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The Associates – Breakfast

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In Forest of the Dead, one of Steven Moffat‘s finest episodes of Doctor Who, there is a line that made me shiver when I heard it: “I have the two qualities you require to see absolute truth. I am brilliant, and unloved.” In the show it was spoken by Miss Evangelista, whose IQ had shifted a decimal point when her consciousness was saved to a super-computer’s hard drive, but in the world of music it could equally apply to Billy Mackenzie of The Associates. Never was there a pop star so burdened by talent yet so under-appreciated by the masses. His songwriting revealed any number of truths about love, lust and loneliness – but perhaps above all about being an outsider.

I remember Party Fears Two coming on the radio when I was about ten years old, and being fascinated by the histrionics on display (histrionics was a word I’d learned a couple of years earlier when my mother passed judgement on Kate Bush, and which I used whenever possible to demonstrate that I was now a Big and Clever boy). With all that howling and haste it was quite different from anything I’d liked before, but I didn’t make the effort to find out more about The Associates until much, much later, when I bought a cheap American import of Wild and Lonely (one of those ones that came in the tall cardboard box that you never knew whether to keep or throw away). It ended up being my second favourite album of the year (after Behaviour by Pet Shop Boys) and prompted me to investigate what I’d been missing since I last checked in. And that’s how I came to find Breakfast.

I think we’ve already established that I have a bit of a thing for music that sounds like it was made to soundtrack spies going about their shadowy business, and Breakfast is a classic of this particular sub-genre. Something about those beautifully arranged, brooding strings, that tense piano, and Billy’s plaintive vocal which stays on just the right side of hysterical, makes me want to don a beret and sit in a café in Prague awaiting instructions from a beautiful Russian double-agent. Just me? Ok then.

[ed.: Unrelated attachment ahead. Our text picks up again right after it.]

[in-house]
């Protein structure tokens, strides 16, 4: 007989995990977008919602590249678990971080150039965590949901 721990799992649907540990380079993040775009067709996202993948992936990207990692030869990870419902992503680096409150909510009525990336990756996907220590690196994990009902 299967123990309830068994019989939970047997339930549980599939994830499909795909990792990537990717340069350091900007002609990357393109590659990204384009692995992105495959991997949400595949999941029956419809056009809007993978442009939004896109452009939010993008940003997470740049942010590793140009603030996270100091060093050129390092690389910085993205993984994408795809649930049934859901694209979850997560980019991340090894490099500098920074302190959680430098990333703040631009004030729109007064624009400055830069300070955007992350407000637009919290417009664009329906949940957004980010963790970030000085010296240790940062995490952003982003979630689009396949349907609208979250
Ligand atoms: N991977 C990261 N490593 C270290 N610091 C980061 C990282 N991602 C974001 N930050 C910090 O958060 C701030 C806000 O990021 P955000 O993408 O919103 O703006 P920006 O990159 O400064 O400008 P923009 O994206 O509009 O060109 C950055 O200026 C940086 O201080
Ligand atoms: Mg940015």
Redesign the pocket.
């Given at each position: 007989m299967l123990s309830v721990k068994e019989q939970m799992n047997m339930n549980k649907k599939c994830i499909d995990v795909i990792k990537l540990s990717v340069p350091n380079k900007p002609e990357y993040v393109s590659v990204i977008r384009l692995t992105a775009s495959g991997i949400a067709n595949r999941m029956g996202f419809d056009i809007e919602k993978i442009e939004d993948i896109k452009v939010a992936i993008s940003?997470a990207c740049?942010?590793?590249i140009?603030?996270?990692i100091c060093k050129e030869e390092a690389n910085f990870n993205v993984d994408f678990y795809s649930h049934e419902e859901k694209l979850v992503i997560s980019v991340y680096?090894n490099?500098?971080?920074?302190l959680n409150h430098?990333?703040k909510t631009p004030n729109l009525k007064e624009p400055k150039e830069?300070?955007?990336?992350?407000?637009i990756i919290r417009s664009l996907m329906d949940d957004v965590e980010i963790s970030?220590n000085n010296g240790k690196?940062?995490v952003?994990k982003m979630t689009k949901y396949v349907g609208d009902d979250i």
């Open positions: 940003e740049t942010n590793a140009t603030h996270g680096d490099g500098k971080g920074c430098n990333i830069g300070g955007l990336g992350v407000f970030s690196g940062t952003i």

The lyrics are just a little bit impenetrable – something about taxidermy – but there’s one line that floored me with its devastating sadness: “Exchanging worlds, arranging days / To suit a lover / Who’ll never want to stay” – as absolute truths go, that’s one that will speak to a lot of people.

Billy Mackenzie certainly wasn’t your average pop star, and perhaps that’s why the kind of success he might have liked always seemed to elude him. There was always an easier alternative for consumers of pop, and more willing participants for record companies to promote. But for those that loved him and his music it was a passionate, long lasting affair – and it’s to be hoped Billy knew that before he passed away in 1997.

 

Entered chart: 19/01/1985

Chart peak: 49

Weeks on chart: 6

Who could sing this today and have a hit?  Adele is probably one of the very, very few singers who could pull this off. And it would be gut-wrenchingly brilliant.

4 Comments »

  1. His original version of Yello’s The Rhythm Divine blows Shirley Bassey’s version out the window, not many singers male or female could do that!
    I would also recommend Yello’s She’s Got A Gun for a moody, cinema type feel.
    Also track down Breakfast live at Ronnie’s Scott’s as it is a brilliant version.

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  2. I always liked that the B-side instrumental version was titled “Breakfast Alone”…

    It would be nice to think that had Billy not taken his own life, he’d now be a rediscovered legend, but after the Associates’ heyday he couldn’t really get arrested, and his final clutch of albums were barely released or marketed, which is desperately sad considering how admired he is nowadays…

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